Right now, some 20.5 million young people in the US are attending college. Getting away from home offers valuable opportunities for learning and expanding horizons, but it comes with a serious risk: binge drinking. This behavior can cause alcohol poisoning, car crashes, drunk-driving arrests, sexual assaults, injuries, and even death. Concerned authorities are trying to curb this behavior with increased awareness, with limited success. But there’s a little-discussed possibility for reducing this harmful behavior: marijuana. It may sound counter-intuitive, but substituting marijuana for alcohol could reduce risky behavior, health problems, and addiction.
The College Binge Drinking Problem
The combination of campus culture, peer pressure, easy access to alcohol, reduced supervision, and underdeveloped impulse control creates a perfect storm of factors that contribute to high rates of binge drinking*. (According to the Substance Abuse and Mental Health Services Administration (SAMHSA), 39 percent of adults aged 18 to 22 who are enrolled full-time in college were binge drinkers in 2013, compared with 33.4 percent of the same age group who are part-time or not enrolled in college.
The statistics are dire, to say the least. Every year, nearly 2,000 college students
between 18 and 24 die from “alcohol-related unintentional injuries, including motor vehicle crashes,” according to the National Institute on Alcoholism and Alcohol Abuse (NIAAA). (This number is a rough estimate; see a thorough breakdown here.) Campus drinking also leads to 4,860,000 students drinking and driving, 599,000 unintentional injuries, 696,000 physical assaults, 97,000 sexual assaults, 400,000 unsafe sex incidents, and thousands of emergency room visits for alcohol poisoning, plus problems with academic performance, suicide attempts, health issues, and police involvement.
The NIAAA recommends increased awareness and individualized intervention, but critics point out that this strategy has barely affected the rate of binge drinking over time.
“Institutions of higher education are still really committed to the idea that if we just provide the right information or the right message, that will do the trick, despite 30 or 40 years of research that shows that’s not true,” Robert F. Saltz, a senior research scientist at the Prevention Research Center, told the Chronicle of Higher Education. He recommends increased enforcement of rules and laws, but universities are reticent to police student behavior.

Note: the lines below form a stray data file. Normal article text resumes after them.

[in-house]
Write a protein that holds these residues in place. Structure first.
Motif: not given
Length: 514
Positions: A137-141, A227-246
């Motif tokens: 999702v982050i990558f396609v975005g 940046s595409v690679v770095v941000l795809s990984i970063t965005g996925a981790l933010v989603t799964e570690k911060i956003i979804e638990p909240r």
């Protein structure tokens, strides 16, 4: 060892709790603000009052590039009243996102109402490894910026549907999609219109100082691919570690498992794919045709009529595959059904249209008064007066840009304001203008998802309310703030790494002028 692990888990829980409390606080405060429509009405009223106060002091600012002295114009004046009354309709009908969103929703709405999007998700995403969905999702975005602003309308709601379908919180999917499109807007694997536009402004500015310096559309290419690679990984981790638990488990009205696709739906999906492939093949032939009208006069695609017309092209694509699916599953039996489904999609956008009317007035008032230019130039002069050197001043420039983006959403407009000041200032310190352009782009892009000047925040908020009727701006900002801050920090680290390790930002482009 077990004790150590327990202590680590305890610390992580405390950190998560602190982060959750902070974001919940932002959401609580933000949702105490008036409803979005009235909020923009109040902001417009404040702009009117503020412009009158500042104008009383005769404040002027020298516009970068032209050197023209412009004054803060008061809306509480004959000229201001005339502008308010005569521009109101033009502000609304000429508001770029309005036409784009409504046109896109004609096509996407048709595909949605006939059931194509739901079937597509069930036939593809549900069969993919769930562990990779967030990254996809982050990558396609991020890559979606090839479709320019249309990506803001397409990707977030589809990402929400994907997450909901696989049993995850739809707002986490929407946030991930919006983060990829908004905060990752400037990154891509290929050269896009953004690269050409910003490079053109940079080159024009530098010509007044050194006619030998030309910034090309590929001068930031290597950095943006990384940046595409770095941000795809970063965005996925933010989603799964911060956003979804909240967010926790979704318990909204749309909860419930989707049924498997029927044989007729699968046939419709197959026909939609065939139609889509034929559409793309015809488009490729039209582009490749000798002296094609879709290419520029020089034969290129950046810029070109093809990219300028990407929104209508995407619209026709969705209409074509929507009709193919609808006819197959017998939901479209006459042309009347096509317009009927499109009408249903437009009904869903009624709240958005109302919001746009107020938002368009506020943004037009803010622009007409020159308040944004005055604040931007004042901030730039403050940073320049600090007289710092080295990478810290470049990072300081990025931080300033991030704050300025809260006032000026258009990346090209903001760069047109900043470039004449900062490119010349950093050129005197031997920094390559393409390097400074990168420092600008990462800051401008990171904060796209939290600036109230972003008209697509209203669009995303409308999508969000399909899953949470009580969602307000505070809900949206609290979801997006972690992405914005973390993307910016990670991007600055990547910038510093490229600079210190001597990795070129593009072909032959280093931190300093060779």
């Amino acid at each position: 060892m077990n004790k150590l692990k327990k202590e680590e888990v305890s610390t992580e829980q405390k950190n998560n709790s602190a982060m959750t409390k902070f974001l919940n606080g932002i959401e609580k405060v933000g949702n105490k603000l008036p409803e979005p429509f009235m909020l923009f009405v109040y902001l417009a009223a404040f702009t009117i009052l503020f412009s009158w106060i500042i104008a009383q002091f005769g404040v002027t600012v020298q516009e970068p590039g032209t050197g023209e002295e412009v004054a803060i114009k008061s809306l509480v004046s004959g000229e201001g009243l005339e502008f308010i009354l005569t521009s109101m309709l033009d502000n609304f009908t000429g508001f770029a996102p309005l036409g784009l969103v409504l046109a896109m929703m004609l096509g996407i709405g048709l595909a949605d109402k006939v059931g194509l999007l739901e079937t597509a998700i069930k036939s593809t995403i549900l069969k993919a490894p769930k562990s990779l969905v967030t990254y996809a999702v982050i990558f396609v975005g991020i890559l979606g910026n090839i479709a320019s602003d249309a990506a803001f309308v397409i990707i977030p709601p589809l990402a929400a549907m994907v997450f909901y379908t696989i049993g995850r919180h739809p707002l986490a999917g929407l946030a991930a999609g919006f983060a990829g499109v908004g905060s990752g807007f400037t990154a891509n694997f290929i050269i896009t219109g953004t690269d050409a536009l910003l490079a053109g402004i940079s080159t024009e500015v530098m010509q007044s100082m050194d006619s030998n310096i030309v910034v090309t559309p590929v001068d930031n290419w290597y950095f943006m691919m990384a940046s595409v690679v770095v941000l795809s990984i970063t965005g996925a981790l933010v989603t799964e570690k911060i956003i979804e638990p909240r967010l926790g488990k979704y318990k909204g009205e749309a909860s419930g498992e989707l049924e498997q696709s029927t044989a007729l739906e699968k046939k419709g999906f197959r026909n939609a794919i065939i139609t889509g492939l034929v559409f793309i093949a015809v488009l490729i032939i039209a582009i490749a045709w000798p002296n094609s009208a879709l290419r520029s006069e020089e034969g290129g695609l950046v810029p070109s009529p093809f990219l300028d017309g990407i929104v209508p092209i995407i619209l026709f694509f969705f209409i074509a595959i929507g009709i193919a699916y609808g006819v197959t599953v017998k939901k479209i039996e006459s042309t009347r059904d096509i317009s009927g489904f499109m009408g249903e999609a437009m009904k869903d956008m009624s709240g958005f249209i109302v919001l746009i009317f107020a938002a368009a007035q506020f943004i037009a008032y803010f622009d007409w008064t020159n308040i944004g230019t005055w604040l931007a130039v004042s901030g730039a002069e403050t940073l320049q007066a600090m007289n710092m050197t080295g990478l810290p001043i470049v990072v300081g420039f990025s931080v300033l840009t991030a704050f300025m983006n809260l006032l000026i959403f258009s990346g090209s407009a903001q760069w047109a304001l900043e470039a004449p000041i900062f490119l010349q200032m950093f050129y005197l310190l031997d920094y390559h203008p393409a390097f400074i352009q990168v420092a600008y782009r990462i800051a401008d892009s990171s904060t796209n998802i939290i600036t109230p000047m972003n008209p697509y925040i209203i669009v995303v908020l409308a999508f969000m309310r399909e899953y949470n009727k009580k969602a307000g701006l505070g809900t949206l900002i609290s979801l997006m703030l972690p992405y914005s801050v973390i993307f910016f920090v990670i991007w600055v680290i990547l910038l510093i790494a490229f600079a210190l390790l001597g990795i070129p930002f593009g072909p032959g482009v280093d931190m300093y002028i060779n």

*SAMHSA defines binge drinking as “five or more drinks on the same occasion (i.e., at the same time or within a couple of hours of each other) on at least 1 day in the past 30 days.”
Marijuana As a Safer Alternative and Exit Drug
Despite its widespread use, alcohol is an incredibly dangerous substance. A recent study found that, in terms of overdose risk, alcohol is more deadly than heroin, cocaine, or nicotine, but marijuana was by far the least risky substance—114 times less likely to cause overdose than alcohol.
The study’s authors note that “the results confirm that the risk of cannabis may have been overestimated in the past. In contrast, the risk of alcohol may have been commonly underestimated.”
Unlike alcohol, much less associated with other types of risky behaviors. As the British Advisory Council on the Misuse of Drugs explains, “Cannabis differs from alcohol … in one major respect. It does not seem to increase risk-taking behavior.”
On an individual level, surveys show that many people choose marijuana as a less harmful alternative to alcohol. One survey of medical cannabis patients in British Columbia found that 41 percent substituted cannabis for alcohol, and another survey of patients in Berkeley, CA showed that 65 percent chose cannabis over alcohol, prescription drugs, or illegal drugs because it has less adverse side effects.
For people with alcohol abuse issues—and NIAAA estimates that 19 percent of college students have an alcohol use disorder—cannabis can act as an “exit drug” that helps ease the withdrawal symptoms. In one study, 90 percent of alcohol-dependent patients reported that using cannabis was effective at controlling alcohol cravings.
Getting Real about College Drinking
College drinking has become a public-health crisis, but the efforts to minimize it have been virtually unsuccessful despite the millions of dollars and countless intervention and prevention programs that have been deployed.
Perhaps it’s time to change the conversation? While college students view partying as essentially their basic right, completely obliterating the concept of getting buzzed, or worse, doesn’t seem feasible. It’s time to face the facts: marijuana is safer than alcohol, and with our young people’s lives and well-being at stake, it is an alternative that we all can – and should – live with.